Every quarter I have been writing a piece for the APS Focus page in Australian Photography magazine. This is my latest piece, published in the September 2018 issue now in newsagencies.
A Photographic Biography
A traditional portrait essentially only shows what we look like at the moment in time when it was taken. An environmental portrait reveals more because it includes something of the environment in which we live or work. The more skilled and imaginative the photographer the more interesting a portrait will be for the viewer to study.
However, what if we want to show the viewer of a portrait much more? I asked myself this question when I began thinking about how I might portray myself in the context of a visual autobiography. A what?
Well, why is it that biographies must be in the form of the written word, perhaps illustrated by a small number of relevant family photos? Why can’t it be reversed so that the photographic medium becomes the principal information, perhaps “illustrated” with a small number of relevant words?
As my thought processes took some shape, it occurred to me that I could identify some key points throughout my life (or someone else’s) from its starting point through to the present (a little like chapters in a written biography). Each key point could then be illustrated in a series of photo montages.
The next question was how to structure each montage. I have always thought of peoples’ lives as journeys and, since most journeys involve traveling along roads, I had the idea of using an image of a section of a road as the background to each montage. Of course, journeys can also be taken by train or plane or boat – so images of railway lines or sky or oceans could also be used as the backgrounds.
The next step was to consider how to lay out other images to form the montages. To develop this concept for my own autobiography, the answer for me was easy. Because my surname is Rope, I could photograph pieces of rope to superimpose somewhere on the road background and then add other images relevant to each identified point on my life journey.
Since this is the reverse of the traditional approach, I would also need to write a few words to go with each composite image. Perhaps the real challenge for we visual artists?
The viewer who studies the composite images when completed will see places where I have lived, schools I have attended, people who have been a significant part of my life at various times, images revealing things that have been important to me, items that I have made and photographs of significance for me.
The composite images would need to be available in a sufficiently large size for “readers” to adequately see all the elements within them, including any text that was superimposed.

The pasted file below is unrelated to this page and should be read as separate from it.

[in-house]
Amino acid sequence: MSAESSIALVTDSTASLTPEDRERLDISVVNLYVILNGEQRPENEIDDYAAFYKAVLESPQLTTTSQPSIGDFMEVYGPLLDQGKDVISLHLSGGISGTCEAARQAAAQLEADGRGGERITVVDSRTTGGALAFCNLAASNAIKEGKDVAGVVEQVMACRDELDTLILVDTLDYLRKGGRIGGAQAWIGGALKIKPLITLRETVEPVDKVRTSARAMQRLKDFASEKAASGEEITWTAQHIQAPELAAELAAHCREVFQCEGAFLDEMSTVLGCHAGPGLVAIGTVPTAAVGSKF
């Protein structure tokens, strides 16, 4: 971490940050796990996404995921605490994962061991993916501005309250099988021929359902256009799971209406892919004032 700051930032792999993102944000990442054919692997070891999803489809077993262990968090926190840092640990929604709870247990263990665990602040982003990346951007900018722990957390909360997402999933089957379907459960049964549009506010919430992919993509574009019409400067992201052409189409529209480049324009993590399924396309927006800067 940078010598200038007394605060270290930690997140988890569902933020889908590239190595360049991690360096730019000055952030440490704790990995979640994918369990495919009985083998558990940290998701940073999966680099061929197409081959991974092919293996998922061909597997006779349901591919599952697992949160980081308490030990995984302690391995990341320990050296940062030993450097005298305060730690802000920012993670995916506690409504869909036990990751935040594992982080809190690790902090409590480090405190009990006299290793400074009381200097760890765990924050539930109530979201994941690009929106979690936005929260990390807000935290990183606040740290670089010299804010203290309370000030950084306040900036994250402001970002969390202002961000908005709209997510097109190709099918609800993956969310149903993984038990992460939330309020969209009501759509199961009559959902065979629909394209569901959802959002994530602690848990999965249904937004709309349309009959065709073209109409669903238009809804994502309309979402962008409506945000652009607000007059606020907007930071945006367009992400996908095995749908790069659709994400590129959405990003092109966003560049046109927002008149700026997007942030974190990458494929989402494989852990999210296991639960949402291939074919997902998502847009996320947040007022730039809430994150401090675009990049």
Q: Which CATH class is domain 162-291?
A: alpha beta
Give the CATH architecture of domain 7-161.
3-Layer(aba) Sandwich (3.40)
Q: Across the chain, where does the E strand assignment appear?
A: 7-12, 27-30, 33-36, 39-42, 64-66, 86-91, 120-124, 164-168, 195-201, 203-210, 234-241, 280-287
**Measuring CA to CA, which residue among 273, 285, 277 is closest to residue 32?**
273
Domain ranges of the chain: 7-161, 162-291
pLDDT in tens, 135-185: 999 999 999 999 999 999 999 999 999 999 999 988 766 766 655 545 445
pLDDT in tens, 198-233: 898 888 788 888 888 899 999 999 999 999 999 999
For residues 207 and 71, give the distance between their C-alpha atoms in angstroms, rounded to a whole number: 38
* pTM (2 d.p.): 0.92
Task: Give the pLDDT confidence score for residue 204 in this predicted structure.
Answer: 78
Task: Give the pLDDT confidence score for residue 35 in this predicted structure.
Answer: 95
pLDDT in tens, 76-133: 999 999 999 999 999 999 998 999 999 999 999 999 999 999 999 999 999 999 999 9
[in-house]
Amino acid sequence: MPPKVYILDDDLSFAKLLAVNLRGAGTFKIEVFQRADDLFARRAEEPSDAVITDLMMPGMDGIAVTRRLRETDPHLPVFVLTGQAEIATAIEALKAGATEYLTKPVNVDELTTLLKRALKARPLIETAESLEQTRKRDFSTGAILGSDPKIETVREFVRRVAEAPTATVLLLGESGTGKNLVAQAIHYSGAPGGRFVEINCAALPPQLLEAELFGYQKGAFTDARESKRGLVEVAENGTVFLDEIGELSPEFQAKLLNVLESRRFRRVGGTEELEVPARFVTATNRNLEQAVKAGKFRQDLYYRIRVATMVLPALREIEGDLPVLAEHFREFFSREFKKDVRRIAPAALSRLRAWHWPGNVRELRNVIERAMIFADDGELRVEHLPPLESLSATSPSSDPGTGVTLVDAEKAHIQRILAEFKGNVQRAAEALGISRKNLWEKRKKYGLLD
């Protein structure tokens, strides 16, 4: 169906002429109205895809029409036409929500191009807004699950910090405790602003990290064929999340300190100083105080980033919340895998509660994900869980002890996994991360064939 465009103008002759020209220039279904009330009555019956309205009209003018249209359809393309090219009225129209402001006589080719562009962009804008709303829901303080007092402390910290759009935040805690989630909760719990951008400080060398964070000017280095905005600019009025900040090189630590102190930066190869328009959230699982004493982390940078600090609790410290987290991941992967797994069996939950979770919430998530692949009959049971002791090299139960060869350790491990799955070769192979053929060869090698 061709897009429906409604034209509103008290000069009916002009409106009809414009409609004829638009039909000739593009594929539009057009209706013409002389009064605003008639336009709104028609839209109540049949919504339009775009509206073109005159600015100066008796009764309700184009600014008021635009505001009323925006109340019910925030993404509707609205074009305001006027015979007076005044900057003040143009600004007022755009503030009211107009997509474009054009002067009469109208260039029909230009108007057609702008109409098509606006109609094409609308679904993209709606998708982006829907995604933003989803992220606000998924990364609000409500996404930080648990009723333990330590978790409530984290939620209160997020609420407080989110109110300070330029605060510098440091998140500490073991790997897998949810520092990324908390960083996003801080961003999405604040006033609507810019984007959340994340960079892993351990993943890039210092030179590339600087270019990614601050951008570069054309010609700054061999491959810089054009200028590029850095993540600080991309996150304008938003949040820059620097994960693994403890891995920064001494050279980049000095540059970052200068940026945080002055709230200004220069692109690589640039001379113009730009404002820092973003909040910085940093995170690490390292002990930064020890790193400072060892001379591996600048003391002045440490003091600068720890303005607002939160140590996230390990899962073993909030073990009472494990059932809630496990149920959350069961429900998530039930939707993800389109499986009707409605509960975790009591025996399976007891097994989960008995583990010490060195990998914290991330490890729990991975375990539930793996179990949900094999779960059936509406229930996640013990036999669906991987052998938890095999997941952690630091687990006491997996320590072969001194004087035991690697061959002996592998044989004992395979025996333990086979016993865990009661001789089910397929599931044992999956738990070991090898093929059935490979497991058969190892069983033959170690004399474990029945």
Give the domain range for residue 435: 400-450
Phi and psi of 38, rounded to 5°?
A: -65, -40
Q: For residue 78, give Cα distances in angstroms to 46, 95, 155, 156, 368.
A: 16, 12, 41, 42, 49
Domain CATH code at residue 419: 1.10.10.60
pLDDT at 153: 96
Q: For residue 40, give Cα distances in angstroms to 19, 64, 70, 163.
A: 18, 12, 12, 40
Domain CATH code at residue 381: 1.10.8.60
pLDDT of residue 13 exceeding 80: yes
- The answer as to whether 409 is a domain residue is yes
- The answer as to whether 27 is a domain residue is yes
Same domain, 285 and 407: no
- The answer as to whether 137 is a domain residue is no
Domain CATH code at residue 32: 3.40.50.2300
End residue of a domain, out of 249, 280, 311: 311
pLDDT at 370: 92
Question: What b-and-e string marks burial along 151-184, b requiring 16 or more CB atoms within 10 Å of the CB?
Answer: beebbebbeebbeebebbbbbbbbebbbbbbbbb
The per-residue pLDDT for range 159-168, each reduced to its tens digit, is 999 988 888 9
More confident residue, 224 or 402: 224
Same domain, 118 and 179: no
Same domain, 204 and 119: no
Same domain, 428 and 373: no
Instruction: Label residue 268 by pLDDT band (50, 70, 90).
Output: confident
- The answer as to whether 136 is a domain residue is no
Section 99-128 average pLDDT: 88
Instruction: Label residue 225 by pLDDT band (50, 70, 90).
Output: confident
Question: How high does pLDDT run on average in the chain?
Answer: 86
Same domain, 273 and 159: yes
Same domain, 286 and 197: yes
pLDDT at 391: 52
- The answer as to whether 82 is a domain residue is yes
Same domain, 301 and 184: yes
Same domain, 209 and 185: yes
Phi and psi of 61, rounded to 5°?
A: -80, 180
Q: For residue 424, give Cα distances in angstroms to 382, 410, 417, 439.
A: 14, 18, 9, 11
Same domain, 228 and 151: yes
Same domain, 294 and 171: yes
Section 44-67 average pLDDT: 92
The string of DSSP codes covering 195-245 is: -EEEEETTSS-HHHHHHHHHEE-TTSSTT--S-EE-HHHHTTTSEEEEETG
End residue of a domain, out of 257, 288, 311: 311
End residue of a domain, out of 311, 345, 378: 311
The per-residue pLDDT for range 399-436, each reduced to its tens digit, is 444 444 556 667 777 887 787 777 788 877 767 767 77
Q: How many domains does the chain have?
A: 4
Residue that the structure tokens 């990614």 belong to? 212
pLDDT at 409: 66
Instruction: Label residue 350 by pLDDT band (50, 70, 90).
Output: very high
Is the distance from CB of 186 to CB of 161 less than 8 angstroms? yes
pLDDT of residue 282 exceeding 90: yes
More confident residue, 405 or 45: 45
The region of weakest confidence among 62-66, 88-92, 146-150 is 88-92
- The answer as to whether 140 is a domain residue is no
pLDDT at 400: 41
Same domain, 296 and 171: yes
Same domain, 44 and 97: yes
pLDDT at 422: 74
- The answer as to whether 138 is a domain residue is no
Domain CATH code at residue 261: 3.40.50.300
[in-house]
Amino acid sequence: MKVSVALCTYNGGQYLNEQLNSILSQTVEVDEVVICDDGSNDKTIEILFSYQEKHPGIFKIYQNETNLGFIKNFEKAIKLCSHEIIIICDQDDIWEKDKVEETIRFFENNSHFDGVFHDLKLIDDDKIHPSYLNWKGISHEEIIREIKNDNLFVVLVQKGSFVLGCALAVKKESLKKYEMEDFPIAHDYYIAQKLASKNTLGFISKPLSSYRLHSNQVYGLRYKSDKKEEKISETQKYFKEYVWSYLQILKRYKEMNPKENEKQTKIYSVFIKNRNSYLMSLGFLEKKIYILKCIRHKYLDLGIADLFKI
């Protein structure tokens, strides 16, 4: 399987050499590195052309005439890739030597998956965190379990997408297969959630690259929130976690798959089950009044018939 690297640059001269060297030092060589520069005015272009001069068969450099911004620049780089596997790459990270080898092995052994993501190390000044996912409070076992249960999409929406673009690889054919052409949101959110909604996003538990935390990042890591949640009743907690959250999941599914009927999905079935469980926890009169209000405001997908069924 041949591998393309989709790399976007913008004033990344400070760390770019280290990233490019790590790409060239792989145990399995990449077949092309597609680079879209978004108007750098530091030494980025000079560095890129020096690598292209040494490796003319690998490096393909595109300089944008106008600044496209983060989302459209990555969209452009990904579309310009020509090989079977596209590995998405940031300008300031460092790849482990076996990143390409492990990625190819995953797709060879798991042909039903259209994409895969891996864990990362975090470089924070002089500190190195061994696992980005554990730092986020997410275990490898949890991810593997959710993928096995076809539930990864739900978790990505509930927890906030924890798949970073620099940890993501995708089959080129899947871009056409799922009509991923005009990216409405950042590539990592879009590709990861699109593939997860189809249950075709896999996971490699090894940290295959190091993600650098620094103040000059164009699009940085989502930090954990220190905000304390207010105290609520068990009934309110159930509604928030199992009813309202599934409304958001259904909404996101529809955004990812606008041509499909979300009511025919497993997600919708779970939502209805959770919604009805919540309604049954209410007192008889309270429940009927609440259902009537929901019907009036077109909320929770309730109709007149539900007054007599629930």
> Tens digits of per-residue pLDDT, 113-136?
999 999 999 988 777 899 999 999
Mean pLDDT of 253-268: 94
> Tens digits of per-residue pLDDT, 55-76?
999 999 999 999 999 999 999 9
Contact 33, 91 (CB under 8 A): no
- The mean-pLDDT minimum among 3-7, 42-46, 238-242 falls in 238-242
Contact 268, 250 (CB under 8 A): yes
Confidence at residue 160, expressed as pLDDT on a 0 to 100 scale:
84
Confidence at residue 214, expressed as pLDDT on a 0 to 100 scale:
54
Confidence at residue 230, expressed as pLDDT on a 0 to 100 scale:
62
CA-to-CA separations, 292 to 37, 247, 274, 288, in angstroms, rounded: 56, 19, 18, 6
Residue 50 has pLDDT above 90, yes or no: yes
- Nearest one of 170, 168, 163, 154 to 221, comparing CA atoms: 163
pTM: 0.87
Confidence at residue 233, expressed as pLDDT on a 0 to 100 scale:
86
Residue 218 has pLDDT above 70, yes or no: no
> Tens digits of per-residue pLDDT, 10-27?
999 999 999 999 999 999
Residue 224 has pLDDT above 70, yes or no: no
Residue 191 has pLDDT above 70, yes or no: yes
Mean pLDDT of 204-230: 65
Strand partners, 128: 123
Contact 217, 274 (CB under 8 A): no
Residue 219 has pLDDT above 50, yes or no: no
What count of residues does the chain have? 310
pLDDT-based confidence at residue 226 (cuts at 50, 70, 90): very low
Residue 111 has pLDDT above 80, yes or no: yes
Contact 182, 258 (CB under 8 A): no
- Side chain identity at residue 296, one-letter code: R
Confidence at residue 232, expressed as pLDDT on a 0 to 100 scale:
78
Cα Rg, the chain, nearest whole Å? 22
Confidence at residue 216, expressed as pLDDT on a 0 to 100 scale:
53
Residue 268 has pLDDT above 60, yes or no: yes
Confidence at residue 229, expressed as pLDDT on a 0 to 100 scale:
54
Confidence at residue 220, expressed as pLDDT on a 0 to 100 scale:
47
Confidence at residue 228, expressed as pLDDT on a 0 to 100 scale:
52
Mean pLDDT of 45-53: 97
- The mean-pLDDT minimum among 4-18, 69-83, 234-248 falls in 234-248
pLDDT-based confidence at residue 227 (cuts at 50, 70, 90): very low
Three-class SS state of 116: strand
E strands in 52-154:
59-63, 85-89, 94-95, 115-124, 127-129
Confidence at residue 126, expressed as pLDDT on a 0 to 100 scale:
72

Printing each “chapter” at, say, A2 would certainly help. That would mean creating a very large photo book for the coffee table or holding an exhibition of the completed biography or decorating all the walls of your home with the large prints. Alternatively, the biography could be “read” on a sufficiently large monitor.
I have only just commenced my autobiography project but have “drafted” a small number of composites which, as with the chapters of a written biography, may be re-worked to get them right.
The limited space on this page does not lend itself to reproducing a detailed composite. However, it should be sufficient to show the basic elements of a montage about my voyage to Australia as a child migrant. It has an English beach at the top, an Australian one at the bottom and ocean in between. It shows a statue of children stepping ashore at Fremantle where I first set foot on Australian soil, and the year when I did.
The complete composite also includes the ship on which I travelled, its name, a newspaper report about the gale when docking in Melbourne, and some rope. The draft accompanying words read:
10-pound Poms to a country with boundless plains to share
Vomiting all the way through Bay of Biscay
Via Gibraltar, the Suez Canal – going the wrong way
shout those who couldn’t hack the new life, and Colombo
Sharing a cabin with dad and five other men
Bread and jam for children passed on to parents
Bus from Fremantle to Perth on a stinking hot Sunday
No shops open and many annoying flies
Gale force winds in Melbourne break tug ropes as we try to dock
Then a road journey to Western Districts and a new home
My long and close involvement with the Australian Photographic Society and other areas of photography is certainly worthy of inclusion in my autobiography, but I’ve yet to work on it. Perhaps the Society’s annual convention at the Gold Coast this September might provide another image for inclusion? Will I see you there?